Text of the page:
She cited Article 10 of Section 20 of the 1987 Constitution that “within its territorial jurisdiction and subject to provisions of this Constitution and national laws, the organic act of autonomous region shall provide for the legislative powers over: administrative organization; creation of sources of revenues; ancestral domain and natural resources; personal, family, and property relations; regional urban and rural planning development; economic, social, and tourism development; educational policies; preservation and development of the cultural heritage; and such other matters as may be authorizd by law for the promotion of the general welfare of the people of the region.”

Further, a ministerial form of government in the Bangsamoro is allowed under the Philippine Constitution. Based on Art. 10 of Sec. 15 “the organic act shall define the basic structure of government for the region consisting of executive department and legislative assembly, both of which shall be elective and representative of the constituent political units.”

“The Bangsamoro is a secular government, not an Islamic state,” Ferrer added. “We should give peace a chance. We should allow Bangsamoro to demonstrate its sincerity, more than a process of decommissioning of arms; allow them to prove they have respect for the basic rights of all.”###

Serenitea unveils ‘more moments’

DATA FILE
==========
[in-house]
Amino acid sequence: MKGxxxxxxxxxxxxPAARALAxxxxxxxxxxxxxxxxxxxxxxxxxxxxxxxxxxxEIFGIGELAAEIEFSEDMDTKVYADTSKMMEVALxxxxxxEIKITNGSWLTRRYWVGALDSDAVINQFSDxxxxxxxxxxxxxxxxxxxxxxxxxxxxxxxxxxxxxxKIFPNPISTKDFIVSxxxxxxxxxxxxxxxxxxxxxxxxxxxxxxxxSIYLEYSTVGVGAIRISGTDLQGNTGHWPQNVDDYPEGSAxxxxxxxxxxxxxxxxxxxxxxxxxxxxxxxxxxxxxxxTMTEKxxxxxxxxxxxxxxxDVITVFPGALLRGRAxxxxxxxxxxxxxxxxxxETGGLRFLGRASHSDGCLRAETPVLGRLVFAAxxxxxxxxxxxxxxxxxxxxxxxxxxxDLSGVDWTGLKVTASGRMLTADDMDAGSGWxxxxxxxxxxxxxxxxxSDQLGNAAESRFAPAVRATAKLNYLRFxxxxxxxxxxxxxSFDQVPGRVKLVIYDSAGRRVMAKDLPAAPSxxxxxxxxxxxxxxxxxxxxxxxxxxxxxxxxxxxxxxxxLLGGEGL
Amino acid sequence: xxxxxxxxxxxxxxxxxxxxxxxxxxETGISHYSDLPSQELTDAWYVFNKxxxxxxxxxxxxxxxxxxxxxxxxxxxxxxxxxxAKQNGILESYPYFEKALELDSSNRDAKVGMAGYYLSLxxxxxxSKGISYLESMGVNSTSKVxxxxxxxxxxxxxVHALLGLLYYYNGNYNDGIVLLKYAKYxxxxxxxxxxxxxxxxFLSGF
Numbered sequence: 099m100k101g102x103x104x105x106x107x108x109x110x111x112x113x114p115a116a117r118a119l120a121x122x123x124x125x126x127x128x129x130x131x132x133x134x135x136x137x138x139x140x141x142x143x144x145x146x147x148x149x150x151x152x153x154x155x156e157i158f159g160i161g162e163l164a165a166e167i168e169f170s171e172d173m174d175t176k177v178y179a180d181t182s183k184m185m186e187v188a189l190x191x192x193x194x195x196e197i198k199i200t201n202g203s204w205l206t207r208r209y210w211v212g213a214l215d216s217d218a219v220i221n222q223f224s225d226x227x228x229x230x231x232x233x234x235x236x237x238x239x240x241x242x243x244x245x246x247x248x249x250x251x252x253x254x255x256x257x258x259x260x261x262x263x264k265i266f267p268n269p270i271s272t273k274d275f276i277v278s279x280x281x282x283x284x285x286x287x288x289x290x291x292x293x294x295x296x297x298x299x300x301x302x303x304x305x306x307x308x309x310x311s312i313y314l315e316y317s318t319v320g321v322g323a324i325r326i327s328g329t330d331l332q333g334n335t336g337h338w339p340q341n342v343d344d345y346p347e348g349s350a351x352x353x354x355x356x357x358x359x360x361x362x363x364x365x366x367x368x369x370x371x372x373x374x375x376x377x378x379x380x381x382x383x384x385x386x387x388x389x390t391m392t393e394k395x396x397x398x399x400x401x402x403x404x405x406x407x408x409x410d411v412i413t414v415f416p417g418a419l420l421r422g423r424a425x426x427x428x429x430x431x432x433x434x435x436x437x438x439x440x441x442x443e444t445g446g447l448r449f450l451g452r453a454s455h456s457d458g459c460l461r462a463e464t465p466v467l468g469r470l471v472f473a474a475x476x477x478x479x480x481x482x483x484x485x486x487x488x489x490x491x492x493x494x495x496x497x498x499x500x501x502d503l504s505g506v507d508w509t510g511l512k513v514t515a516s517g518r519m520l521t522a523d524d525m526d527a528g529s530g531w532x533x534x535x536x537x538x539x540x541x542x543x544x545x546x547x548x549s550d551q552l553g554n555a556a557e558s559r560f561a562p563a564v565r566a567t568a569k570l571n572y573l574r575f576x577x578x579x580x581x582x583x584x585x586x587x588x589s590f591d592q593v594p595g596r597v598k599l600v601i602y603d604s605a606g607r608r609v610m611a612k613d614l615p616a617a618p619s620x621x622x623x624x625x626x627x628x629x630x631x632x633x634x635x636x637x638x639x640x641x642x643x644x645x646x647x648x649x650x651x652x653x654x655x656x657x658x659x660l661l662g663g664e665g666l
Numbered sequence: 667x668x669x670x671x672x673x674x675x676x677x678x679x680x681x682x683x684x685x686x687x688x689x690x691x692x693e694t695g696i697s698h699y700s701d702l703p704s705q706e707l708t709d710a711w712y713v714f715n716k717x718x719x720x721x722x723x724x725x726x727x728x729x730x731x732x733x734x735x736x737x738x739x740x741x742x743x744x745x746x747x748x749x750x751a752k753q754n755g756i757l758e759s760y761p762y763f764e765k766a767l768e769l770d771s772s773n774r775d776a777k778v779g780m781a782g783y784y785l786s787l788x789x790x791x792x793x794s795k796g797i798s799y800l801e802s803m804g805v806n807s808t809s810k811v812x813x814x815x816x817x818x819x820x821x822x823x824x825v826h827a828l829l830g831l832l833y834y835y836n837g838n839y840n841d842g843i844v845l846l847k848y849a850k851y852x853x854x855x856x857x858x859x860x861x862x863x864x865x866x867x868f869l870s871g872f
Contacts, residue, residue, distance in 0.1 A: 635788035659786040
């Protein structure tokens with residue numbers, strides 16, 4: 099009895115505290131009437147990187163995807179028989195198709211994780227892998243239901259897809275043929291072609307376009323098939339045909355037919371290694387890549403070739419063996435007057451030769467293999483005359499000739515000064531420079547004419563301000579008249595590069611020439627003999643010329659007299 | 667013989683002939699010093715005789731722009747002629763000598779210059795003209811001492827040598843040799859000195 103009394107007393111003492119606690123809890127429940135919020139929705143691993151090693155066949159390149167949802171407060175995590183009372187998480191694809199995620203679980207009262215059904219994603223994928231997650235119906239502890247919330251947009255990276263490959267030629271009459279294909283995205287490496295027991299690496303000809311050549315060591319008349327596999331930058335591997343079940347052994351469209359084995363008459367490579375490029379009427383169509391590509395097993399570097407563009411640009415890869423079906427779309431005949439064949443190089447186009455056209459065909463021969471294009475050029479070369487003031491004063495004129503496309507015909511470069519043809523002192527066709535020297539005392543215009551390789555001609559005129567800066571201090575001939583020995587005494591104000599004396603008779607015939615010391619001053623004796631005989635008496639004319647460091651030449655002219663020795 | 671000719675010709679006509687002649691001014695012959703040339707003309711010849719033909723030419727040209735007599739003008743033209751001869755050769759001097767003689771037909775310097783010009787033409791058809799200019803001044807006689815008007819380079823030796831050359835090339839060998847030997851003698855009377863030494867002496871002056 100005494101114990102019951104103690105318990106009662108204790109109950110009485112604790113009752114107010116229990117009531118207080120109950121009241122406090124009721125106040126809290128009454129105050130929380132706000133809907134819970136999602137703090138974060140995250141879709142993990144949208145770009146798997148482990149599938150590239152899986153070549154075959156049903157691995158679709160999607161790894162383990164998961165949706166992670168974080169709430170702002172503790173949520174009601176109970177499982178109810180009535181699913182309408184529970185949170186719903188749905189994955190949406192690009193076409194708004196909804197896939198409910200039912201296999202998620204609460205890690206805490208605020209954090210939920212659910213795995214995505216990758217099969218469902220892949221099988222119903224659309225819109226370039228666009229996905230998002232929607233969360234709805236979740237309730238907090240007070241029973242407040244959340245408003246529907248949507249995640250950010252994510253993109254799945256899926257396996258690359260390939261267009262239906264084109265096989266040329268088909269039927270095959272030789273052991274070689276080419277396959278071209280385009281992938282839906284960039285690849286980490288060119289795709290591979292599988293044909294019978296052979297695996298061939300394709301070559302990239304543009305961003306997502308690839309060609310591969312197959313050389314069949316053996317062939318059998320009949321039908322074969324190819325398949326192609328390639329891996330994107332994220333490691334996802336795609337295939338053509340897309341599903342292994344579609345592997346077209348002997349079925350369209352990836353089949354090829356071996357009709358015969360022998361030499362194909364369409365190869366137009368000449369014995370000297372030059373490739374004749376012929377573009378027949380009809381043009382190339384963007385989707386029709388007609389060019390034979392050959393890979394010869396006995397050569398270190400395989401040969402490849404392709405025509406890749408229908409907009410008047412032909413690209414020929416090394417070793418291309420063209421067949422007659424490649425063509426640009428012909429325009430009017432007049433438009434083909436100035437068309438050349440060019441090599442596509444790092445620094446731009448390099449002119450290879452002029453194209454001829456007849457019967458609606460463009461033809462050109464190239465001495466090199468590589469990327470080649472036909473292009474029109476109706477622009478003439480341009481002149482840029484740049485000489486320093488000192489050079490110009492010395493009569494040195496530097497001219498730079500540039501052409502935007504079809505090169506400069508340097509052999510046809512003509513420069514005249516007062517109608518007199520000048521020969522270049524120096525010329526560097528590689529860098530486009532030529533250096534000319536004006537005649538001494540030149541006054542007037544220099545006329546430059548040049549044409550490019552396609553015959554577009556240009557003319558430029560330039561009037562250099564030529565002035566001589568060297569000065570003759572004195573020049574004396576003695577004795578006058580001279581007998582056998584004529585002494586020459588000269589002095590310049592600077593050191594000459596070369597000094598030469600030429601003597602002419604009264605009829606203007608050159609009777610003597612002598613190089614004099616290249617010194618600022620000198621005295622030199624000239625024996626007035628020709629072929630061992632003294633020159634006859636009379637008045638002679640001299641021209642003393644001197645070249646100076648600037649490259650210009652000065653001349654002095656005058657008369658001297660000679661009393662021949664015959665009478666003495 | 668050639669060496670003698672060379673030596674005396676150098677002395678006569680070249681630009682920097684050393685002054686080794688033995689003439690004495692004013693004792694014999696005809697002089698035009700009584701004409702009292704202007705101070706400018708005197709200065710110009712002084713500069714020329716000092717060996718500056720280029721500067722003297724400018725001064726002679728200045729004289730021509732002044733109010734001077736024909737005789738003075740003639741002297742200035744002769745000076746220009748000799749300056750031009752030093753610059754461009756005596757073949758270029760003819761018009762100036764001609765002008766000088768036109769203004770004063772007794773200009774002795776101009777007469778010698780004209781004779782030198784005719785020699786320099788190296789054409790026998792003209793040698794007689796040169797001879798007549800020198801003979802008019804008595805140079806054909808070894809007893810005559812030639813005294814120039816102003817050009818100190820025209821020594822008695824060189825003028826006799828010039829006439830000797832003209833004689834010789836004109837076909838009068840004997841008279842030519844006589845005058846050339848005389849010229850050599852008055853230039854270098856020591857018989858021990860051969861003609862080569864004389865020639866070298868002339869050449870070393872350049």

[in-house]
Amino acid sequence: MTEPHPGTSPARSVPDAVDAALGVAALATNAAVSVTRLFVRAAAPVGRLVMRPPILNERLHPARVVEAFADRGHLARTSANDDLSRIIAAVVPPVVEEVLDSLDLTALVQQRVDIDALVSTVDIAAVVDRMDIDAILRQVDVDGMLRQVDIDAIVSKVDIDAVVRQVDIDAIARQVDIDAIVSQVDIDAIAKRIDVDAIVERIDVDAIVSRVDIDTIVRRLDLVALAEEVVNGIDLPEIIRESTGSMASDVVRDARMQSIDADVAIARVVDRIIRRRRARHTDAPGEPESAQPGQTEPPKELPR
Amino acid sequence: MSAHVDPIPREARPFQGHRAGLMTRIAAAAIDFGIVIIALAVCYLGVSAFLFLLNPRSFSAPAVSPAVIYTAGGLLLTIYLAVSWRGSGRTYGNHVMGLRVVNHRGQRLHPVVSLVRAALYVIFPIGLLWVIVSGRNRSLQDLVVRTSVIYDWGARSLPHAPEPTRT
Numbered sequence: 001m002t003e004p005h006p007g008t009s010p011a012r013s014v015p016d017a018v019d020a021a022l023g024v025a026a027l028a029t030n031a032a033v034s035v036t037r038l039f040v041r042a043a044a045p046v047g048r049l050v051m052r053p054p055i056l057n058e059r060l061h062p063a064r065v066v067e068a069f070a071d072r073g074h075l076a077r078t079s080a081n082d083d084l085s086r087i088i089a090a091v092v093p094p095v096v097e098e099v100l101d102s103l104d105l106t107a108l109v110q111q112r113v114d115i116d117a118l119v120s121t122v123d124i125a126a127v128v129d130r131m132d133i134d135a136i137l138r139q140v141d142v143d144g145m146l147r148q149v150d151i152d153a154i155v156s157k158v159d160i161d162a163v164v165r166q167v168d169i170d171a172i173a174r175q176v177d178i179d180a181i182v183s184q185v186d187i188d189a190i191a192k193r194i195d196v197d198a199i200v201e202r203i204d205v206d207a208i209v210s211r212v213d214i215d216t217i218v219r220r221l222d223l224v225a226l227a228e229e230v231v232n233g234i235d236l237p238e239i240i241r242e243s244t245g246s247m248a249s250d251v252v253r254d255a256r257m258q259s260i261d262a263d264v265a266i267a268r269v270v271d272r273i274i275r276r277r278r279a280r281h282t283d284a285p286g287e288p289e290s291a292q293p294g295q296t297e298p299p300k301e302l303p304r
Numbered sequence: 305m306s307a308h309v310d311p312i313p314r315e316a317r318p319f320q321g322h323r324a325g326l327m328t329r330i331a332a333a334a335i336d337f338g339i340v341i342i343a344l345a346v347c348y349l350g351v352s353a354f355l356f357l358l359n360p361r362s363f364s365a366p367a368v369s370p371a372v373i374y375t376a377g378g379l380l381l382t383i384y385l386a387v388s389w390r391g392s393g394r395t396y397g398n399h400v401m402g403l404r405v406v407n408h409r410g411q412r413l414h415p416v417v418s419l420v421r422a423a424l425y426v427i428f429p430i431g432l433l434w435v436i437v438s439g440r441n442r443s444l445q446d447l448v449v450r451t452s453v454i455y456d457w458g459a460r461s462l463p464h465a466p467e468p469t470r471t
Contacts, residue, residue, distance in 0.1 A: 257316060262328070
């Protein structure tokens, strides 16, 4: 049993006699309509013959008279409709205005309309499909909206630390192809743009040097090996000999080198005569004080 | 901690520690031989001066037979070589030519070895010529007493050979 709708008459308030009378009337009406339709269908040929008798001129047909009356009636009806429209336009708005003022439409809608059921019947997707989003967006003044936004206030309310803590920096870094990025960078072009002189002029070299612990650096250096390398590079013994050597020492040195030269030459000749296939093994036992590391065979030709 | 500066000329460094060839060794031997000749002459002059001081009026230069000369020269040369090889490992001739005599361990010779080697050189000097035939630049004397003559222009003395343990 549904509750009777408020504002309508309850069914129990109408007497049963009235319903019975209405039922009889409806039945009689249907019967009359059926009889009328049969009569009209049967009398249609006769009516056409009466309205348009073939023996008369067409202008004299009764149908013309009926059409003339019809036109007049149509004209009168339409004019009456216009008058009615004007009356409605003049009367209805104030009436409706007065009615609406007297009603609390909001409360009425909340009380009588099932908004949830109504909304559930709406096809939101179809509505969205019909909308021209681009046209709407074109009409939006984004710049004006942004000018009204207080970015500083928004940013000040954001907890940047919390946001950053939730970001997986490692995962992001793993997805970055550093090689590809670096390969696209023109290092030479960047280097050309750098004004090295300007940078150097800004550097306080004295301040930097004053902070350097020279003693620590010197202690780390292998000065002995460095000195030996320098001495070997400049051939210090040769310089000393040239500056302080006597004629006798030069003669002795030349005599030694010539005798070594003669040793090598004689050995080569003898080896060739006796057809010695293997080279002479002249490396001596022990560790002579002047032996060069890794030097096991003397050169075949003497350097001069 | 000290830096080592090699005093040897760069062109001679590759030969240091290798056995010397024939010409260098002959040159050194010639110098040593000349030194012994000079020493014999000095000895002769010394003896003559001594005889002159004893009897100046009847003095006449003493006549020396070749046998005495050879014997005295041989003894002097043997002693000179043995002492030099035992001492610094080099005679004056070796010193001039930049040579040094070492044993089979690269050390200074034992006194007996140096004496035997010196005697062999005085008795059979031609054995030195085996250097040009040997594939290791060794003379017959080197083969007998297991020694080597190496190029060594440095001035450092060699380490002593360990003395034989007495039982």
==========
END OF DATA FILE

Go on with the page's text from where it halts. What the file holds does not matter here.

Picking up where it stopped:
caption: BLOGGERS sample tea goodness and new products for snacks in Serenitea’s second anniversary.

CEBU CITY, PHILIPPINES (May 28, 2015) — Serenitea Cebu marks its second anniversary by launching new drinks, merchandise, and snacks plus the annual “Jumbo Cup” Promo through a lovely tea party today here at Calyx Centre in IT Park.

Snacks include chicken chops, French fries, hash browns, peppered corn, potato rounds, shrimp balls, squid balls, and squid rolls. Merchandising items feature Hokkaido and Okinawa tea goodness injected in candies and chocolate bars with Matcha Marble, white chocolate with taro, Hokkaido milk chocolate, milk chocolate with Assam flavors or black tea.

All of these will be available to the market on June 8, this year.

The Jumbo Cup Promo will have been first served by May 29. Customers who order their favorite Serenitea drink in a large cup will get a special treat because their drinks will be converted to a jumbo cup, says marketing officer Tara Merced.